Photredox reaction on DNA #memo #chemistry

Today I found very interesting article from researchers who is working at pfizer and Hitgen.

https://pubs.acs.org/doi/10.1021/acscombsci.9b00076

Pfizer and Hitgen launched drug discovery collaboration two years ago.
https://www.genengnews.com/topics/drug-discovery/pfizer-hitgen-launch-drug-discovery-collaboration/

Hitgen is one of CRO with DNA-encoded library as core technology.

In the article the authors reported that they conducted photoredox reaction on DNA tag.

Photoredox reaction is very useful tool for medchem because it can perform C(sp3)-C(sp3) coupling in one step which is difficult to do with old traditional chemistry.

DeNA Encoded Library(DELI) is powerful method to generate large number of molecules however available reaction is limited for not DNA damaging reaction. So it is not suitable for DELI production which has harsh reaction conditions.

At first they optimized coupling reaction condition of decarboxylateve coupling between aryl-iodide and aliphatic carboxylic acid. Main side reaction is reductive de haloganation product. But they found good reaction condition and the condition can work very well.

Table 2 shows many examples of the coupling reaction with moderate ~ high yield. And table 3 shows that the reaction can apply for not only phenyl iodide but also hetero cycles. Such as pyridine, pyrimidine etc.

There are few examples at ortho position with moderate yield. Maybe it is steric effect.

Finally they showed example of parallel synthesis via LED Array.

Scheme3-c) shows 96 well prate type LED reactor. It is very beautiful ;)

To prevent oxygen exposure, they degassed and sealed the plate.

And also they tried different type of photoredox reaction such as desulfinative coupling, deborylative coupling adn cross electrophile coupling and all reaction progressed with moderate yield.

Optimized reaction conducted in DMSO/H2O media with room temperature.

Combination of new technology is always exciting isn’t it?

SVM on quantum computing! #quantumcomputing #qiskit

Support vector machine is one of major method of machine learning. It very useful and powerful algorithm. However, SVM is not suitable for large size dataset.

Recently I’m learning QISKIT and qiskit has an attractive method named QSVM.

It means that perform SVM on quantum circuit!

Dose it sound fun?

Original URL of the paper is below.
https://arxiv.org/pdf/1804.11326.pdf

The author of the article defined quantum kernel functions for quantum SVM. The merit of quantum computing for SVM is parallel. Because quantum computing can generates entangle state which is parallel world.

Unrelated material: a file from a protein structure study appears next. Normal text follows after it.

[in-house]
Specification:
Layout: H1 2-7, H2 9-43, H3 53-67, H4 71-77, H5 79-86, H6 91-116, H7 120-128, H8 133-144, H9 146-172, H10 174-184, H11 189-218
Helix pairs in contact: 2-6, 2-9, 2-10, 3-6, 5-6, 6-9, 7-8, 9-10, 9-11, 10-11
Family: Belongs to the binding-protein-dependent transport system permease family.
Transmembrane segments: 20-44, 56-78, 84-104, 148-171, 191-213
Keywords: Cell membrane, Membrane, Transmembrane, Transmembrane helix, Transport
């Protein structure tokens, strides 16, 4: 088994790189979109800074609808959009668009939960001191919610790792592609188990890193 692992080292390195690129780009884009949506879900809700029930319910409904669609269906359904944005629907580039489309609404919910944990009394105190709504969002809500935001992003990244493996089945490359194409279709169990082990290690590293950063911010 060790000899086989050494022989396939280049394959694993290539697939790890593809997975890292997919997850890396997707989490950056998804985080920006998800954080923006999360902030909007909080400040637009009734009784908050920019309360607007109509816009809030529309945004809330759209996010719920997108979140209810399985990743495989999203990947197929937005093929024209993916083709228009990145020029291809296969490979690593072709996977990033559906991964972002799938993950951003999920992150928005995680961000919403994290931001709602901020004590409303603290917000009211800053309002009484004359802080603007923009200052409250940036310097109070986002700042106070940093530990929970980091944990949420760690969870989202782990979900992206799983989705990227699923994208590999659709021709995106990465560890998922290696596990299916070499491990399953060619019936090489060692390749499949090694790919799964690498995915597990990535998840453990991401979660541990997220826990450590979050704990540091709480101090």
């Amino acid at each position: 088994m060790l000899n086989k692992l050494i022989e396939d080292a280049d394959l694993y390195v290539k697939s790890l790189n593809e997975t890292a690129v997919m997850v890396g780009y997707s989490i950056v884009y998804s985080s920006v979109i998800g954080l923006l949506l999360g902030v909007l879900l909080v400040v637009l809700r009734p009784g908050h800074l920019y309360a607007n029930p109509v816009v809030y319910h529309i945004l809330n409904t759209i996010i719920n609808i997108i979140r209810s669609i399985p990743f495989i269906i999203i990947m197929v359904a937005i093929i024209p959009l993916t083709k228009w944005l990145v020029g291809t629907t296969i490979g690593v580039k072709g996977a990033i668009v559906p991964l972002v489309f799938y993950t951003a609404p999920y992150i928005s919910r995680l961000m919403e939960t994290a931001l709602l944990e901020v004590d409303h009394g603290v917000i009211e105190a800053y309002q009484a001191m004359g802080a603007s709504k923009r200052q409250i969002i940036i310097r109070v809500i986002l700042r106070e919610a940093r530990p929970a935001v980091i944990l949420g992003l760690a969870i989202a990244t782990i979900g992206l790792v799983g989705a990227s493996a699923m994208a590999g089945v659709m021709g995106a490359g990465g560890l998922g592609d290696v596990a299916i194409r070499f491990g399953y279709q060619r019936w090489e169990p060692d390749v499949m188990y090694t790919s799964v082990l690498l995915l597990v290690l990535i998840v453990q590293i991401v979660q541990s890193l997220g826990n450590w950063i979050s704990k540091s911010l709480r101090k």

And fortunately qiskit has QSVM method that means we can QSVM very conveniently!

Today I tried to use QSVM to iris dataset for practice.

At first, import packages and dataset.

import numpy as np
from sklearn.datasets import load_iris
from sklearn.model_selection import train_test_split
import qiskit
from qiskit import BasicAer
from qiskit.aqua import QuantumInstance
from qiskit.aqua.algorithms import QSVM
from qiskit.aqua.components.multiclass_extensions import one_against_rest, all_pairs
from qiskit.aqua.components.feature_maps import SecondOrderExpansion
from qiskit.aqua.input import ClassificationInput
from qiskit.aqua import run_algorithm
backend = BasicAer.get_backend('qasm_simulator')
iris = load_iris()

 
X, Y = iris.data, iris.target
print(X.shape)
print(len(set(Y)))
train_x, test_x, train_y, test_y = train_test_split(X, Y, test_size=0.2)
num_features = 4
training_size = 120
test_size = 30
feature_map = SecondOrderExpansion(feature_dimension=num_features, depth=2)

Then split data for train and test. Iris data set has 4 features so I defined num_features=4, it will be number of qubit.

X, Y = iris.data, iris.target
print(X.shape)
print(len(set(Y)))
train_x, test_x, train_y, test_y = train_test_split(X, Y, test_size=0.2)
feature_map = SecondOrderExpansion(feature_dimension=num_features, depth=2) 

Next defined parameters for QSVM and transformed data for QSVM.

params = {
            'problem': {'name': 'classification'},
            'algorithm': {
                'name': 'QSVM',
            },
            'multiclass_extension': {'name': 'OneAgainstRest'},
            'feature_map': {'name': 'SecondOrderExpansion', 'depth': 2 }
}

params = {
            'problem': {'name': 'classification', 'random_seed': 794},
            'algorithm': {
                'name': 'QSVM',
            },
            'backend': {'shots': 1024},
            'multiclass_extension': {'name': 'OneAgainstRest'},
            #'feature_map': {'name': 'SecondOrderExpansion', 'depth': 2, 'entangler_map': [[0, 1]]}
            'feature_map': {'name': 'SecondOrderExpansion', 'depth': 2}
    
        }
 training_dataset={'A':train_x[train_y==0],
                'B':train_x[train_y==1],
                'C':train_x[train_y==2]}